Michael Canto, Product Manager

Michael Canto is Product Manager at Hartigen Solutions.  He has been with the firm since 2012.  Mr. Canto works exclusively on settlement implementations of company’s software and custom reporting solutions for clients.  He has extensive knowledge of North American RTO Settlements and has been in the RTO/ISO Settlement space for over a decade.  He has managed multi-faceted settlement teams across SPP, PJM, MISO, & CAISO and his specialties include after-the-fact analysis, settlement and accounting, process optimization, and reporting structures.  Mr. Canto received a Bachelor of Arts degree in Economics from the University of Florida.


Fran Barrett, Senior Director – Strategic Implementation and Change Management, PJM Interconnection (PJM)

Mike Boughner, Director – Gas Supply and Market Operations, Xcel Energy

Layne Brown, Senior Reliability and Market Interface Specialist, Western Electricity Coordinating Council (WECC)

John Flory, Senior Vice President, eSmart Systems

Robert Hellrich-Dawson, Senior Economist – Office of Energy Market Regulation, Federal Energy Regulatory Commission (FERC) invited

Bill Hogan, Raymond Plank Professor of Global Energy Policy at the Harvard Kennedy School and Research Director, Harvard Electricity Policy Group

Travis Kavulla, Director – Energy Policy, R Street Institute

Dan Lobue, President, Competitive Energy

Scott Martin, Director – Resource & New Business Strategy, Sacramento Municipal Utility District

Carl Monroe, Executive Vice President and Chief Operating Officer, Southwest Power Pool (SPP)

Richard Tabors, Co-director – MIT Energy Initiative’s Utility of the Future Project and President, Tabors Caramanis Rudkevich (TCR)

Ellen Wolfe, President, Resero Consulting


Marriott South Park Meadows

10345 Park Meadows Drive

Lone Tree, CO 80124

Reserve your room:

please call 1-303-925-0004

Room Block Reserved For:

Nights of October 27 – 29, 2019

Room rate through EUCI:

$184.00 single or double plus applicable taxes
Make your reservations prior to October 6, 2019.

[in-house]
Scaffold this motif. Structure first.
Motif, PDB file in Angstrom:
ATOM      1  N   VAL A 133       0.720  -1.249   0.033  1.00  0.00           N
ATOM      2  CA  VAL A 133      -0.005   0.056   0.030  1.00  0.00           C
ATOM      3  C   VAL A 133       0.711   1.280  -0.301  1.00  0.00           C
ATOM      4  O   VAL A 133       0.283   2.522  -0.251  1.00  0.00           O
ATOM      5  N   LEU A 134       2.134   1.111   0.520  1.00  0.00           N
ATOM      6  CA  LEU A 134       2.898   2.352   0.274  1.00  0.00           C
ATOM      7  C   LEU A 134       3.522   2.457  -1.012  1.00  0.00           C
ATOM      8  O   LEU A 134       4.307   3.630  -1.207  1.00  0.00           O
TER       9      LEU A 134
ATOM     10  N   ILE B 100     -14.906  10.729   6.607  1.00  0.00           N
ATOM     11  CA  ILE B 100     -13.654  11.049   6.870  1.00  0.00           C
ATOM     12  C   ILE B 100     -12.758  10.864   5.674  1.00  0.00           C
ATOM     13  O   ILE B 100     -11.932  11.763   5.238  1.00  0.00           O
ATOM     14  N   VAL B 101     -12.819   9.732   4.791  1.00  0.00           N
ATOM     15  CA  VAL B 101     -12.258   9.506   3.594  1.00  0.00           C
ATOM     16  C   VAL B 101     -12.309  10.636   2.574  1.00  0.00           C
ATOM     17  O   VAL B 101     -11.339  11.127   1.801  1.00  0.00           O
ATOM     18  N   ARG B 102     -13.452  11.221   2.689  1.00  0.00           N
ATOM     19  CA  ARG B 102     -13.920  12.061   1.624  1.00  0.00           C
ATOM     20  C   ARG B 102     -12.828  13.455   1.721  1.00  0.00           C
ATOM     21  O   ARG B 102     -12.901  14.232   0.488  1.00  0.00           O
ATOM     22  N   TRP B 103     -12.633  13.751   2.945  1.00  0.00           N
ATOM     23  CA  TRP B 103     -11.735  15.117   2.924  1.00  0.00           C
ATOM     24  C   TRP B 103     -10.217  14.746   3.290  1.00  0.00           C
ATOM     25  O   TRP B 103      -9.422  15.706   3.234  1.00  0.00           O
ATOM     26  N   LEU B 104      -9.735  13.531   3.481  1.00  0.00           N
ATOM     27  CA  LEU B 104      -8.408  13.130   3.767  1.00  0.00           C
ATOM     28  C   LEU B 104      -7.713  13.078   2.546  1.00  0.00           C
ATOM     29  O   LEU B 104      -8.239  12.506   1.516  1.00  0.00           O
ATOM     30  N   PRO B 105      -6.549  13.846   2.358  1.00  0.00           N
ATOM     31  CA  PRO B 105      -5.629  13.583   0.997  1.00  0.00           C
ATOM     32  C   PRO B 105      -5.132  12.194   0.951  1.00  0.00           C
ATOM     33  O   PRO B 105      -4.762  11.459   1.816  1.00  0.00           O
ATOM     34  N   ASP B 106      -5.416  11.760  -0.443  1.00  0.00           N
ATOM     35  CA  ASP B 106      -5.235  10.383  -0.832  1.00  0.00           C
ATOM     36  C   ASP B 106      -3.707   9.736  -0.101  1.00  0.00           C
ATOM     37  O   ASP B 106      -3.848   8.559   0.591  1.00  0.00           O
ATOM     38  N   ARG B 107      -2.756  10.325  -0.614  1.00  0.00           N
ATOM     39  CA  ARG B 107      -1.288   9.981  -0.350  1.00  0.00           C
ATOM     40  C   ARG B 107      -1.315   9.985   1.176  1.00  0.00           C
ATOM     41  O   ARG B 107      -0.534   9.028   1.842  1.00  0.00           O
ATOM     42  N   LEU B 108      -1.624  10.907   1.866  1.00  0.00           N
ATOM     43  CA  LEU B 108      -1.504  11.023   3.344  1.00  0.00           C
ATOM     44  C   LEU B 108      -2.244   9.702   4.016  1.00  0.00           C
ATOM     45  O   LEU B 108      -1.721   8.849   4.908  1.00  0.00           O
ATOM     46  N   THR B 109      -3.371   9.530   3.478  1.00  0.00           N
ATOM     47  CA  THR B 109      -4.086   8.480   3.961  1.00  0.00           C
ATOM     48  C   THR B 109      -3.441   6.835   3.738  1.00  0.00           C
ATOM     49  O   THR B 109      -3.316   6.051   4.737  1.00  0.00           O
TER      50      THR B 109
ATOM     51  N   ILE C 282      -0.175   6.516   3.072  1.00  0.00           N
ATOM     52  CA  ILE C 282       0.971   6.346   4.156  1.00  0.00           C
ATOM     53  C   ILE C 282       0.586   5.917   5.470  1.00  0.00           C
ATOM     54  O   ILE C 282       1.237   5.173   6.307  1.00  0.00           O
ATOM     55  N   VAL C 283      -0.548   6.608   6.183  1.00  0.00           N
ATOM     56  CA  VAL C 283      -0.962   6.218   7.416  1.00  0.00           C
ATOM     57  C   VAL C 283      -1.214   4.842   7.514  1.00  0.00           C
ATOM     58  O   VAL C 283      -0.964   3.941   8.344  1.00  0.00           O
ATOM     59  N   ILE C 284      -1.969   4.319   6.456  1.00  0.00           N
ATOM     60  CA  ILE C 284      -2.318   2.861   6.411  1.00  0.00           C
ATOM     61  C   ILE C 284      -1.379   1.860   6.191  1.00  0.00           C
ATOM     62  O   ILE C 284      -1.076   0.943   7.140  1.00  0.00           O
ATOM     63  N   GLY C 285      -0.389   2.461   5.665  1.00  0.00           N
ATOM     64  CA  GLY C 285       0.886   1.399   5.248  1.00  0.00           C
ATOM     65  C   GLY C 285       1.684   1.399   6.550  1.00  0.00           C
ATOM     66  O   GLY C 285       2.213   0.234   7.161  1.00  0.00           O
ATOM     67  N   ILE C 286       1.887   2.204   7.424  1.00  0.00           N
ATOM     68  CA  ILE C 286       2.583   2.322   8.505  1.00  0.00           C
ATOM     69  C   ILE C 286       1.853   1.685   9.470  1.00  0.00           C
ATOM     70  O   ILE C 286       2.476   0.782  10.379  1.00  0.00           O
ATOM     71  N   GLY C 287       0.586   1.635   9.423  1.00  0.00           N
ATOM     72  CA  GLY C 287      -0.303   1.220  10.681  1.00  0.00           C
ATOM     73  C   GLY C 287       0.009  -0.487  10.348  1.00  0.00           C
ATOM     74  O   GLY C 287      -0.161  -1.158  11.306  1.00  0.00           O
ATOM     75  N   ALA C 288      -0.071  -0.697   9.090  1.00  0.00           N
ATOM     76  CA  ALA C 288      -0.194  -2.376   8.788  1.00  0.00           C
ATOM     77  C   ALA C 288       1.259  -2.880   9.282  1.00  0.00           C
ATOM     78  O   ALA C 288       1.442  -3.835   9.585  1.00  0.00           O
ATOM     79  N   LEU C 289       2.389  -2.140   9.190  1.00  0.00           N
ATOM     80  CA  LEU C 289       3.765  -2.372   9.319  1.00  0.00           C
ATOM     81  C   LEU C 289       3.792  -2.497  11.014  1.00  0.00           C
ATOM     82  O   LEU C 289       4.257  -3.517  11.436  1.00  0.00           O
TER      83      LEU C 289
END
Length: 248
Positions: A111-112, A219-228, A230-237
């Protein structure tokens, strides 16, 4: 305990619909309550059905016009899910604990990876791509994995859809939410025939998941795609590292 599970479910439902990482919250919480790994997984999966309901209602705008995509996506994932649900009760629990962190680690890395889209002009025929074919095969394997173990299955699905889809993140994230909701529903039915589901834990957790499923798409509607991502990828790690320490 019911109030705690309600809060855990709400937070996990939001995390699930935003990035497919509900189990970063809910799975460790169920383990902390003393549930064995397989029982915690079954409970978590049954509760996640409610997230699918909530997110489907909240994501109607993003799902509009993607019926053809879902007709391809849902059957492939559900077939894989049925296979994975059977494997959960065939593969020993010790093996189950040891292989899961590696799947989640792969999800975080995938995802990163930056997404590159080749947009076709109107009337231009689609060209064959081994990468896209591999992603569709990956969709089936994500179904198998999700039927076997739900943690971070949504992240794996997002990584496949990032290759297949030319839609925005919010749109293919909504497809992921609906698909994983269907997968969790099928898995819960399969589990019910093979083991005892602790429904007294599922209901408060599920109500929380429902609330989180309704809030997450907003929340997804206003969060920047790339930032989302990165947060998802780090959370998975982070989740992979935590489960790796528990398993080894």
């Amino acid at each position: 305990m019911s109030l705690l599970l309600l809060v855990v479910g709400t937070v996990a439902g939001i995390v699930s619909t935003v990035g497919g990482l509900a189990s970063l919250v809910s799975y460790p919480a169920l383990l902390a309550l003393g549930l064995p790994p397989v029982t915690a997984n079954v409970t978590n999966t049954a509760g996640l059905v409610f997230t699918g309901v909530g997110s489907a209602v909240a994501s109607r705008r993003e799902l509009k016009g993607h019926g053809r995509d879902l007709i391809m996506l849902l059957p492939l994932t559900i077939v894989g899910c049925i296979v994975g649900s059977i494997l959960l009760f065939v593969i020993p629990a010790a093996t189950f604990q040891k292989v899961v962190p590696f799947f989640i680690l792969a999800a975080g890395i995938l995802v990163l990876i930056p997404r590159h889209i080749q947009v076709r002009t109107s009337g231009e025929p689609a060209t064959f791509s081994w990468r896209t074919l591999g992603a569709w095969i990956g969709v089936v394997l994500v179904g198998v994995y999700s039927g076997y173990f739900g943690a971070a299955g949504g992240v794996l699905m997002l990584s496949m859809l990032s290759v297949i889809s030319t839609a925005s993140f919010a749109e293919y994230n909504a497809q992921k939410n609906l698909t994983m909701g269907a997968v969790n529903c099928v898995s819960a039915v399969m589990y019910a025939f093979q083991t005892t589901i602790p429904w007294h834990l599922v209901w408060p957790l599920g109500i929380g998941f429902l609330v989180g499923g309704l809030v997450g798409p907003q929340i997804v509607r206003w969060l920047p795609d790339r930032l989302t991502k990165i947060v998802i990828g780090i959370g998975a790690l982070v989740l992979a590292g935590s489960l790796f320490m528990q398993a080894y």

Please Note: Confirmed speakers do not need to register and are encouraged to participate in all sessions of the event. If you are a speaker and have any questions please contact our offices at 1.303.770.8800

EventEarly Bird Before
Friday, October 11, 2019
Standard RateAttendees
Western Interconnect Imbalance Energy Market PathwaysUS $ 1295.00 US $ 1495.00

This event has the following workshops:

Market Services Solutions OptionsUS $ 895.00
US $ 995.00

Take advantage of these discounts!

  • Attend the Conference and workshop and pay US $ 2,095.00 per attendee (save US $ 95.00 each)

Register 3 Send 4th Free!

Any organization wishing to send multiple attendees to these conferences may send 1 FREE for every 3 delegates registered. Please note that all registrations must be made at the same time to qualify.

Cancellation Policy

Your registration may be transferred to a member of your organization up to 24 hours in advance of the event. Cancellations must be received on or before September 27, 2019 in order to be refunded and will be subject to a US $195.00 processing fee per registrant. No refunds will be made after this date. Cancellations received after this date will create a credit of the tuition (less processing fee) good toward any other EUCI event. This credit will be good for six months from the cancellation date. In the event of non-attendance, all registration fees will be forfeited. In case of conference cancellation, EUCIs liability is limited to refund of the event registration fee only. For more information regarding administrative policies, such as complaints and refunds, please contact our offices at 303-770-8800